The possibilities of the Particle Finite Element Method (PFEM) for modelling geotechnical problems are increasingly evident. PFEM is a numerical approach to solve large-displacement and large strain continuum problems that are beyond the capabilities of classical FEM. In PFEM the computational domain is reconfigured for optimal solution by frequent remeshing and boundary updating. PFEM inherits many concepts, such as a Lagrangian description of continuum, from classic geomechanical FEM. This familiarity with more popular numerical methods facilitates learning and application. This work focuses on G-PFEM, a code specifically developed for the use of PFEM in geotechnical problems. The article has two purposes. The first is to give the reader an overview of the capabilities and main features of the current version of the G-PFEM and the second is to illustrate some of the newer developments of the code. G-PFEM can solve coupled hydro-mechanical static and dynamic problems involving the interaction of solid and/or deformable bodies. Realistic constitutive models for geomaterials are available, including features, such as structure and destructuration, that result in brittle response. The solutions are robust, solidly underpinned by numerical technology including mixed-field formulations, robust and mesh-independent integration of elasto-plastic constitutive models and a rigorous and flexible treatment of contact interactions. The novel features presented in this work include the contact domain technique, a natural way to capture contact interactions and impose contact constraints between different continuum bodies, as well as a new simplified formulation for dynamic impact problems. The code performance is showcased by the simulation of several soil-structure interaction problems selected to highlight the novel code features: a rigid footing insertion in soft rock, pipeline insertion and subsequent lateral displacement on over consolidated clay, screw-pile pull-out and the dynamic impact of a free-falling spherical penetrometer into clay.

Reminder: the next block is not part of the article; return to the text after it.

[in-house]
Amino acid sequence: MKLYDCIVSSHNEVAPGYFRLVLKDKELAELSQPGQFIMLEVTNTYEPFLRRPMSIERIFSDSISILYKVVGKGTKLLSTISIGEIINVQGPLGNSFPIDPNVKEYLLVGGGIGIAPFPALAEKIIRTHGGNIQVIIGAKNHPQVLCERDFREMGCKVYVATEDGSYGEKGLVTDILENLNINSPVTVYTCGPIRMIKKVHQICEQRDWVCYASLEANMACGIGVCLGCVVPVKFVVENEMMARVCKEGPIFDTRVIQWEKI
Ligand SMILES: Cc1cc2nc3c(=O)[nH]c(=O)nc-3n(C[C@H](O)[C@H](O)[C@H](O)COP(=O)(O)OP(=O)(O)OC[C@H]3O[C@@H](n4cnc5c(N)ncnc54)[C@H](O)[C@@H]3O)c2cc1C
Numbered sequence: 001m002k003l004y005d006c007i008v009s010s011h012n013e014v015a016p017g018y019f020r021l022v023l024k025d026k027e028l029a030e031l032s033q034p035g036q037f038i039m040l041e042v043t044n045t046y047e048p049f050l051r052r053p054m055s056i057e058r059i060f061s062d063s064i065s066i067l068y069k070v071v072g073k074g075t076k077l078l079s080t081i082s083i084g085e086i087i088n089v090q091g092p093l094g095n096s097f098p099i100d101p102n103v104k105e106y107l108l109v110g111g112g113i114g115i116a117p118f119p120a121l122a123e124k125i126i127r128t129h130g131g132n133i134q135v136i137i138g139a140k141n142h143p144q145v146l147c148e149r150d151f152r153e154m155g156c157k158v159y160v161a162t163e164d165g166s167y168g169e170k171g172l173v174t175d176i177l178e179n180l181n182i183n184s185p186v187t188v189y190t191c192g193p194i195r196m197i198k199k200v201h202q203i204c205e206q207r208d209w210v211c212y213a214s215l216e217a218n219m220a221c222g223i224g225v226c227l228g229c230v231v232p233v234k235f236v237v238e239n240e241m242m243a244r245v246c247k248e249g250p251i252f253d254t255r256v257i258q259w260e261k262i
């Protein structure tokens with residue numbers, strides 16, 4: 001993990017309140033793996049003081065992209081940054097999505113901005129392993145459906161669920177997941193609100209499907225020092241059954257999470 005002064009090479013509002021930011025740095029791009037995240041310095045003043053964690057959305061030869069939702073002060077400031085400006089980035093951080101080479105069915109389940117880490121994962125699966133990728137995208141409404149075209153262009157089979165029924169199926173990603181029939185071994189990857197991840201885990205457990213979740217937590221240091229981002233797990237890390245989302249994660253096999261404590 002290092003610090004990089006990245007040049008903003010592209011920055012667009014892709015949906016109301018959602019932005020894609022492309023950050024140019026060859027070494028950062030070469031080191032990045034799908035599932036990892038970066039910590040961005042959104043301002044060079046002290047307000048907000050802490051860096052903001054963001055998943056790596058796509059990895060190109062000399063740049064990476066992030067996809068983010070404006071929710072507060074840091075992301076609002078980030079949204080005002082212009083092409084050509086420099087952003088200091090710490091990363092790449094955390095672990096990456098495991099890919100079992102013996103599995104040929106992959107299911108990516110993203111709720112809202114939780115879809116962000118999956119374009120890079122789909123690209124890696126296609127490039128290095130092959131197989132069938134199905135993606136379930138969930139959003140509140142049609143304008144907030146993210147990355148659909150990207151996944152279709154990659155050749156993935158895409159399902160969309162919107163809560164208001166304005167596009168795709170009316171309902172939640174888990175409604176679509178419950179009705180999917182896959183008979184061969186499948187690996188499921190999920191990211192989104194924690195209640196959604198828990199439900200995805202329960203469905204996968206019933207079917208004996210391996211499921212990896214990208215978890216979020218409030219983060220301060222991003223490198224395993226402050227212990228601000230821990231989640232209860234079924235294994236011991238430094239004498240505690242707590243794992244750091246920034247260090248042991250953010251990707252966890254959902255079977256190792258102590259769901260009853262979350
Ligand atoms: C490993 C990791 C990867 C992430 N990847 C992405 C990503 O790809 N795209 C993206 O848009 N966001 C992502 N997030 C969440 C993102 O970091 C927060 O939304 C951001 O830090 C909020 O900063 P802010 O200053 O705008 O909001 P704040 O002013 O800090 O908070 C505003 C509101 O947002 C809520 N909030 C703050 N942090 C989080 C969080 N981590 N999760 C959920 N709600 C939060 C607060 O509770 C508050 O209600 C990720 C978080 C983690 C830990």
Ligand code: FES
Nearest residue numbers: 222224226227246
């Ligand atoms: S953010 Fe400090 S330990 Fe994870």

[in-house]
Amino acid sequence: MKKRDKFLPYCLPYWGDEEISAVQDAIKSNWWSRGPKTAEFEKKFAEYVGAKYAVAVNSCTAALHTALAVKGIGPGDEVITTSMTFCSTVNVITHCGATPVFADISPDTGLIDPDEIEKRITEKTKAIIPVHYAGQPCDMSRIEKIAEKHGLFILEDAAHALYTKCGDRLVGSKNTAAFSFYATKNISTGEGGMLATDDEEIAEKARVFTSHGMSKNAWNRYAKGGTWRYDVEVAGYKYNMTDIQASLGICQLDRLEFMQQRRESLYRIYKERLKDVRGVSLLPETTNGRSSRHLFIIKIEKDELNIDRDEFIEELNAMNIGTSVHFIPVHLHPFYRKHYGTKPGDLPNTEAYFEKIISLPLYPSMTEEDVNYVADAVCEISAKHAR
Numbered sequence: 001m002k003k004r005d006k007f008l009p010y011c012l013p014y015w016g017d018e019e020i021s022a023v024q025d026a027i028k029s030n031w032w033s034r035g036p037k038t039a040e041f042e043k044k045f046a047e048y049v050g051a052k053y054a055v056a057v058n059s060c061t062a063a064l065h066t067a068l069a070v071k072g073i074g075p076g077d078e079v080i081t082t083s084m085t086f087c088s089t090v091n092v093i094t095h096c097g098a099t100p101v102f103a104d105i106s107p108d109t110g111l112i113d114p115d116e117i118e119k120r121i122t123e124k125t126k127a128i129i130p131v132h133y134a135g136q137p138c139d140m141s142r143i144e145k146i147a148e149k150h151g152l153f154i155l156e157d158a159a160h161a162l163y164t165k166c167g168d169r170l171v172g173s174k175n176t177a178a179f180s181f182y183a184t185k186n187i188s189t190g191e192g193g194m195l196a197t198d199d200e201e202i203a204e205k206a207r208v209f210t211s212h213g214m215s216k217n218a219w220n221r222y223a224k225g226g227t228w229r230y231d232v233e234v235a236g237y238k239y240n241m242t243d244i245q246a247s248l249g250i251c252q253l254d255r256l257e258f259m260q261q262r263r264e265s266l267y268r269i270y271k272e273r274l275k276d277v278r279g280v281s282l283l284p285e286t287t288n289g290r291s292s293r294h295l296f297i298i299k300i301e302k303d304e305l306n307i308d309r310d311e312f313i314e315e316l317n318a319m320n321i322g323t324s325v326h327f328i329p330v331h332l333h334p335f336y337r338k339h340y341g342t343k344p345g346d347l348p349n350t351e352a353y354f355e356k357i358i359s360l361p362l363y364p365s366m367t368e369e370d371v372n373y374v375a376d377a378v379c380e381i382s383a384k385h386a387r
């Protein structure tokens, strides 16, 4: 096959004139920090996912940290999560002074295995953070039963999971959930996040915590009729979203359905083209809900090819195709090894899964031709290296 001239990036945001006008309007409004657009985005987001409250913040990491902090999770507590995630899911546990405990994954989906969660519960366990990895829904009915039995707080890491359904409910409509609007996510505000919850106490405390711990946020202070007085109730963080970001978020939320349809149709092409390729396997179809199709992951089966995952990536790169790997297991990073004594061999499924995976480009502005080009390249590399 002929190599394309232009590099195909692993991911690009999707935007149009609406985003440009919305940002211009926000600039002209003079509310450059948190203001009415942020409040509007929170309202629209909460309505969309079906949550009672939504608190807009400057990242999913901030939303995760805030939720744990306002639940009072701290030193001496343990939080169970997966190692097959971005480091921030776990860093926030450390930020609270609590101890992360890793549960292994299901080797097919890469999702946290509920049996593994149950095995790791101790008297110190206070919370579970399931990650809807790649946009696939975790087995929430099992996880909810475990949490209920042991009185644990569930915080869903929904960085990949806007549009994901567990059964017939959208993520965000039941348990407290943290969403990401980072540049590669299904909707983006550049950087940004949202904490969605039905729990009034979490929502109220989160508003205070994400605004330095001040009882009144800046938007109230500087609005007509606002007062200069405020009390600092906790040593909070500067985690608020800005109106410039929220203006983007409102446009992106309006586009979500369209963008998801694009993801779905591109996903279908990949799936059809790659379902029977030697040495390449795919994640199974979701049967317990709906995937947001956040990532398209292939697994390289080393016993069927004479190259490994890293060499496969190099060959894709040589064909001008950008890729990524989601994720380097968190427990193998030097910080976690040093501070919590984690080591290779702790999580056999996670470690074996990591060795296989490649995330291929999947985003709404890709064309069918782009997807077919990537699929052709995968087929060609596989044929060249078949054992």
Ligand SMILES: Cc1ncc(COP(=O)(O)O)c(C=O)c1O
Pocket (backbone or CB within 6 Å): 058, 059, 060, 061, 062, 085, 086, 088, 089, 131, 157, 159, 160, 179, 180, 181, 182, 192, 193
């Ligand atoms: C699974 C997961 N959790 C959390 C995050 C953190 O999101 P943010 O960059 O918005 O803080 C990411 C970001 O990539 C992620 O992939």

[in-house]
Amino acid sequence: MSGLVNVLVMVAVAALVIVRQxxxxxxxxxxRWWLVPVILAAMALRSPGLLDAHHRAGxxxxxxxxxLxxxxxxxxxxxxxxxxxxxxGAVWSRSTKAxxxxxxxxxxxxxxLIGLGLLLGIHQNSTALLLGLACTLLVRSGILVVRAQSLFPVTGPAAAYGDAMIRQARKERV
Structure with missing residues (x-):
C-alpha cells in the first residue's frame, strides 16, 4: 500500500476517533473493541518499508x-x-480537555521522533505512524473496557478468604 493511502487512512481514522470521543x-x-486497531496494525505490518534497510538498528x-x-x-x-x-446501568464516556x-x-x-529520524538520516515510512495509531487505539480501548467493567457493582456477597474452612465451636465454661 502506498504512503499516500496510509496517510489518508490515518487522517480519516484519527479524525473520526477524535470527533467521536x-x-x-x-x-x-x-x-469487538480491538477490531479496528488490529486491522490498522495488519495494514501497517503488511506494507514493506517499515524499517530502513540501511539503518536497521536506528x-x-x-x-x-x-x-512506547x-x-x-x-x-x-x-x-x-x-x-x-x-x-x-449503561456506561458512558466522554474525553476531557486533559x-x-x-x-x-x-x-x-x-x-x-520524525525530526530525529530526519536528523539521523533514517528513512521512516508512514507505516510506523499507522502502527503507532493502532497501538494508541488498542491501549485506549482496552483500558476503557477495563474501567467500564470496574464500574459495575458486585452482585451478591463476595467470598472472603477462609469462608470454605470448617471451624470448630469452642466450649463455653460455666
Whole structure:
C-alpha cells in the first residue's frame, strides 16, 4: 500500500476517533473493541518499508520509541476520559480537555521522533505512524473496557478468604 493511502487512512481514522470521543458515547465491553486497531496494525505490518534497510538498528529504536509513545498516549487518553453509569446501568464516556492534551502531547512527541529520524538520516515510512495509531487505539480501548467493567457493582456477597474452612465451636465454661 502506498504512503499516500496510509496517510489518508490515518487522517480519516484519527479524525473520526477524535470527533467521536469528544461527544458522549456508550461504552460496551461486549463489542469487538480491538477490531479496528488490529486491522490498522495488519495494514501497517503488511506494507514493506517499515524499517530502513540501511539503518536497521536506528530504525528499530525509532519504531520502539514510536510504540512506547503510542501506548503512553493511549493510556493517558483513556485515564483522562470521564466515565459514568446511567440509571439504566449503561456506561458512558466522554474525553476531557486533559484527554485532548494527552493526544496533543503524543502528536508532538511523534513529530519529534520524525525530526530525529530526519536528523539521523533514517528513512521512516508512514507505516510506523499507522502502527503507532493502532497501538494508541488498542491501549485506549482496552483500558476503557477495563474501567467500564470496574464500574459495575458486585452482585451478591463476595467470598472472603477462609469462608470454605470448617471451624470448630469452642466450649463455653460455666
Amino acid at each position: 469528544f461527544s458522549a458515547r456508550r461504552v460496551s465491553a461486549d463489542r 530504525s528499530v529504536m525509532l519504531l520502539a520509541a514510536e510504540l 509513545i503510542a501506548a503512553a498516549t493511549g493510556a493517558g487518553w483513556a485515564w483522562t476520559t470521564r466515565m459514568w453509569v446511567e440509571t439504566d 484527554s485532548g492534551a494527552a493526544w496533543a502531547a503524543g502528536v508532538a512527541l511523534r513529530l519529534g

|Journal||Journal of Rock Mechanics and Geotechnical Engineering|
|Publication status||Published - 9 Jun 2021|
- Structured soils
- Nonlocal elasto-plasticity
- Contact domain method
- Soil penetration problems